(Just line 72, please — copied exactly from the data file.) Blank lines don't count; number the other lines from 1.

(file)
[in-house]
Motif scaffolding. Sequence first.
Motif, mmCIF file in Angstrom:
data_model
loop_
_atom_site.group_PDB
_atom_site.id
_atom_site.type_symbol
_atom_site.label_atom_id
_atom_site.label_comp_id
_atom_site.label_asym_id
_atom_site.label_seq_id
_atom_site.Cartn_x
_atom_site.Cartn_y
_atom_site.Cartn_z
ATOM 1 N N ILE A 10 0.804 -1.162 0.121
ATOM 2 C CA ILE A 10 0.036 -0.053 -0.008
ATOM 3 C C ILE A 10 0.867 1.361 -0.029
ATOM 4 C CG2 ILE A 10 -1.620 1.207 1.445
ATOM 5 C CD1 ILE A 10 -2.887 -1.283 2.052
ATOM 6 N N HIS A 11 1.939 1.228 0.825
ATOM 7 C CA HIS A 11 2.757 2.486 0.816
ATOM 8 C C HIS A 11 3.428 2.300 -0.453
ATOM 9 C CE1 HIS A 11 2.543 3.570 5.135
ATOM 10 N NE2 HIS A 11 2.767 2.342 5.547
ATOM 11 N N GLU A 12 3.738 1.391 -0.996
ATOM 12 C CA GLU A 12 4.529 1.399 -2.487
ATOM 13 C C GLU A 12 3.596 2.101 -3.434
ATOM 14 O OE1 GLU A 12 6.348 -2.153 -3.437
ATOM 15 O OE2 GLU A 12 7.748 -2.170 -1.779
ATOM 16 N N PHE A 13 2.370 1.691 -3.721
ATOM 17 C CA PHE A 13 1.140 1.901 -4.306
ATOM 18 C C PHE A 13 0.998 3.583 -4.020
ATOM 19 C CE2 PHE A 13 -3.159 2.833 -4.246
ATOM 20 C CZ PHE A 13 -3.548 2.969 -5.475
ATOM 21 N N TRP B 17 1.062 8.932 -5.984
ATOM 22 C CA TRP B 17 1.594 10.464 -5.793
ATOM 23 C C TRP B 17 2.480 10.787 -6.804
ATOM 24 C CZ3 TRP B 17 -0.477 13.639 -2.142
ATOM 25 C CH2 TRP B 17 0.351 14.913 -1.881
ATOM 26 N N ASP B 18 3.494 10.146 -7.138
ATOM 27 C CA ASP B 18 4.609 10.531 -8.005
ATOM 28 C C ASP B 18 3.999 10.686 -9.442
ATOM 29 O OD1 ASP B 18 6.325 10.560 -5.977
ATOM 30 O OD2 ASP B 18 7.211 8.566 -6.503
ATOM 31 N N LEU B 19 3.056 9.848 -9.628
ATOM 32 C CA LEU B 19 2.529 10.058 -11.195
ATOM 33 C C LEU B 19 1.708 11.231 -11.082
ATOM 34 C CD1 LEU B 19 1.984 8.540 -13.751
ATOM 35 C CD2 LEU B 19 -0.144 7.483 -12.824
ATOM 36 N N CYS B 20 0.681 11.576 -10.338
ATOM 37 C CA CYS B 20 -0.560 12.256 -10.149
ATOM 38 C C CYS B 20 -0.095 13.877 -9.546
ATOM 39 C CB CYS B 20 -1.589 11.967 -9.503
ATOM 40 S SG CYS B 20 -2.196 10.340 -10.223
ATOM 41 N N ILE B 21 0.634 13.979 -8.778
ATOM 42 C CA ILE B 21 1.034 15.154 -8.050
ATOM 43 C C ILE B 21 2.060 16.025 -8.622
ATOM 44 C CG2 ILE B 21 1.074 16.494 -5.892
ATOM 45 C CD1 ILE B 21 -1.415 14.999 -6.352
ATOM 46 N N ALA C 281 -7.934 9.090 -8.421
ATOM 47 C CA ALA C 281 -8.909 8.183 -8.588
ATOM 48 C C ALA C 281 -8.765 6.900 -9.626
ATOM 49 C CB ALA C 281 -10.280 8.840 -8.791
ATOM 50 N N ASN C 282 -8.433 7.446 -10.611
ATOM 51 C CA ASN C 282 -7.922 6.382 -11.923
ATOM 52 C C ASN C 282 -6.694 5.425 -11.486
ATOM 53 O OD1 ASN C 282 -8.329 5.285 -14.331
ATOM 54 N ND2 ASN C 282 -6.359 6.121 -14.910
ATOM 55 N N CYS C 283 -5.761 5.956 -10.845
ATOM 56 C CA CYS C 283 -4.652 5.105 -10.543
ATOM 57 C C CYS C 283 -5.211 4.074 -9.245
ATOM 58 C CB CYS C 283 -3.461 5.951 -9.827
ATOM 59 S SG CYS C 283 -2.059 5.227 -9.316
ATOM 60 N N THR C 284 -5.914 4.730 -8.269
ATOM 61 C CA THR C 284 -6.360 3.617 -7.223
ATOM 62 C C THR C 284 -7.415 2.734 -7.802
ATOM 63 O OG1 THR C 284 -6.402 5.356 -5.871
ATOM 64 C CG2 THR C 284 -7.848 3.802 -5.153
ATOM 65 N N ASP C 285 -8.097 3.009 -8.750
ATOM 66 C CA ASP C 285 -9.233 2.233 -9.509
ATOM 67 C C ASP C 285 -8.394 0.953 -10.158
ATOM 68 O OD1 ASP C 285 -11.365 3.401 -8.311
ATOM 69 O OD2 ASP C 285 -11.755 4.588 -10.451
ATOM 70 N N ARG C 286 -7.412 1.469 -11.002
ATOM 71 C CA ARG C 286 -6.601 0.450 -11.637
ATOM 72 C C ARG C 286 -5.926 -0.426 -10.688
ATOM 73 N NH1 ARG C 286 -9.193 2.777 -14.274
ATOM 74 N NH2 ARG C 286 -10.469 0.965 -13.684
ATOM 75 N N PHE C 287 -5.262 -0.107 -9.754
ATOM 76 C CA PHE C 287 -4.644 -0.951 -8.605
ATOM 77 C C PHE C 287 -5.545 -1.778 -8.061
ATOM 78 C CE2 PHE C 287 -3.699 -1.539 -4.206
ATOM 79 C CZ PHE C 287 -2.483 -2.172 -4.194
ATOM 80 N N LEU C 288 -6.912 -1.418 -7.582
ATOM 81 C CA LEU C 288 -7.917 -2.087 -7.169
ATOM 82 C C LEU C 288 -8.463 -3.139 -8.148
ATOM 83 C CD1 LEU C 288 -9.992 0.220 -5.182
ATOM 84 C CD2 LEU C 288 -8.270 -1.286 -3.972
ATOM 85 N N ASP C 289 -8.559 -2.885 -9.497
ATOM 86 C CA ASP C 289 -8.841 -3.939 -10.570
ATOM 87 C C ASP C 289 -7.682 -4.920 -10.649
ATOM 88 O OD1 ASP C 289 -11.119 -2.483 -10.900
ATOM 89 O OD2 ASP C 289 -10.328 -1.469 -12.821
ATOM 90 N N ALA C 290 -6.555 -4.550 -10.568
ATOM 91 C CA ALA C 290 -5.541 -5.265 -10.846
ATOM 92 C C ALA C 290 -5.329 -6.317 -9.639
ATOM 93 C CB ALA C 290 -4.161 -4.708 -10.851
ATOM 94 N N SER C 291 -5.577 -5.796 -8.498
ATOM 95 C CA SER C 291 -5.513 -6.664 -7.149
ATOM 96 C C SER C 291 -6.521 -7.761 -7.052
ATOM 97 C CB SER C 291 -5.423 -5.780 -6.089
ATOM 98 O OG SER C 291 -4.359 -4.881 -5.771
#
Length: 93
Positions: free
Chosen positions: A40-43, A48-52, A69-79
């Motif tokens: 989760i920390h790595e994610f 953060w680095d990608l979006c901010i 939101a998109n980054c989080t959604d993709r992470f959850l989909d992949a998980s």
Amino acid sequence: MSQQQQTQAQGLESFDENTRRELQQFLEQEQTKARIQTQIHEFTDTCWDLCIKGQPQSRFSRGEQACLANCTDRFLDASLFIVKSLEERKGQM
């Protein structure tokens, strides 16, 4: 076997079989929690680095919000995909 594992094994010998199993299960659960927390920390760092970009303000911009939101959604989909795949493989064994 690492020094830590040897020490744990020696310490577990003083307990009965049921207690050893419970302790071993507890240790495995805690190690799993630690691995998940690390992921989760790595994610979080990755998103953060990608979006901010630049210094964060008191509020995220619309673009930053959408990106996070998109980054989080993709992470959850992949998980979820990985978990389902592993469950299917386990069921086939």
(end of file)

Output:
ATOM 57 C C CYS C 283 -5.211 4.074 -9.245